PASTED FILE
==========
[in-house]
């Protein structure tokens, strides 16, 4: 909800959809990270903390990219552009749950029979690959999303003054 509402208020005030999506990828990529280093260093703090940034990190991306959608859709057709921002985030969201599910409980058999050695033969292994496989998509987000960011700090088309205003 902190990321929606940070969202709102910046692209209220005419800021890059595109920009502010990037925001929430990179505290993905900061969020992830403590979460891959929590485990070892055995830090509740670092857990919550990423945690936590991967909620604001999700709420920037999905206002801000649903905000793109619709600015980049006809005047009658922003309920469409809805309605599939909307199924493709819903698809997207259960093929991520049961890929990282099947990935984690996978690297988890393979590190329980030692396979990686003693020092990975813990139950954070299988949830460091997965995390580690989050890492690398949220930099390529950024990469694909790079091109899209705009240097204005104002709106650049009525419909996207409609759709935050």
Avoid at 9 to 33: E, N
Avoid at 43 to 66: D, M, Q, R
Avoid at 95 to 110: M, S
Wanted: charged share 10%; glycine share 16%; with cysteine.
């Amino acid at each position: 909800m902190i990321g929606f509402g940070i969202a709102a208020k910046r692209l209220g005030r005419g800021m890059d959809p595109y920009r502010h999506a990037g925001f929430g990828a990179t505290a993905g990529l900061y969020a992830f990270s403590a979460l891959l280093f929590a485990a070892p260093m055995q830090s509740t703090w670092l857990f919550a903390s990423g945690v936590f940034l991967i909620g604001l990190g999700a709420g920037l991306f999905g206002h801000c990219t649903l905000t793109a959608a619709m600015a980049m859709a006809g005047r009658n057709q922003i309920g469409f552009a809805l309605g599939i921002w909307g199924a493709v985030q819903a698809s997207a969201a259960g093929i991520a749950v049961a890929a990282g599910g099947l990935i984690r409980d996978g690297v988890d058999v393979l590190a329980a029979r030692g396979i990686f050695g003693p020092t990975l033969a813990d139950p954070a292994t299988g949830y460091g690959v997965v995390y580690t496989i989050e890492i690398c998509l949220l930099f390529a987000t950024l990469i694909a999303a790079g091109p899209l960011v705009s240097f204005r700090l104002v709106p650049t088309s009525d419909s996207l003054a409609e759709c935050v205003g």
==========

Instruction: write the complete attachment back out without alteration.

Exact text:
[in-house]
């Protein structure tokens, strides 16, 4: 909800959809990270903390990219552009749950029979690959999303003054 509402208020005030999506990828990529280093260093703090940034990190991306959608859709057709921002985030969201599910409980058999050695033969292994496989998509987000960011700090088309205003 902190990321929606940070969202709102910046692209209220005419800021890059595109920009502010990037925001929430990179505290993905900061969020992830403590979460891959929590485990070892055995830090509740670092857990919550990423945690936590991967909620604001999700709420920037999905206002801000649903905000793109619709600015980049006809005047009658922003309920469409809805309605599939909307199924493709819903698809997207259960093929991520049961890929990282099947990935984690996978690297988890393979590190329980030692396979990686003693020092990975813990139950954070299988949830460091997965995390580690989050890492690398949220930099390529950024990469694909790079091109899209705009240097204005104002709106650049009525419909996207409609759709935050």
Avoid at 9 to 33: E, N
Avoid at 43 to 66: D, M, Q, R
Avoid at 95 to 110: M, S
Wanted: charged share 10%; glycine share 16%; with cysteine.
């Amino acid at each position: 909800m902190i990321g929606f509402g940070i969202a709102a208020k910046r692209l209220g005030r005419g800021m890059d959809p595109y920009r502010h999506a990037g925001f929430g990828a990179t505290a993905g990529l900061y969020a992830f990270s403590a979460l891959l280093f929590a485990a070892p260093m055995q830090s509740t703090w670092l857990f919550a903390s990423g945690v936590f940034l991967i909620g604001l990190g999700a709420g920037l991306f999905g206002h801000c990219t649903l905000t793109a959608a619709m600015a980049m859709a006809g005047r009658n057709q922003i309920g469409f552009a809805l309605g599939i921002w909307g199924a493709v985030q819903a698809s997207a969201a259960g093929i991520a749950v049961a890929a990282g599910g099947l990935i984690r409980d996978g690297v988890d058999v393979l590190a329980a029979r030692g396979i990686f050695g003693p020092t990975l033969a813990d139950p954070a292994t299988g949830y460091g690959v997965v995390y580690t496989i989050e890492i690398c998509l949220l930099f390529a987000t950024l990469i694909a999303a790079g091109p899209l960011v705009s240097f204005r700090l104002v709106p650049t088309s009525d419909s996207l003054a409609e759709c935050v205003g």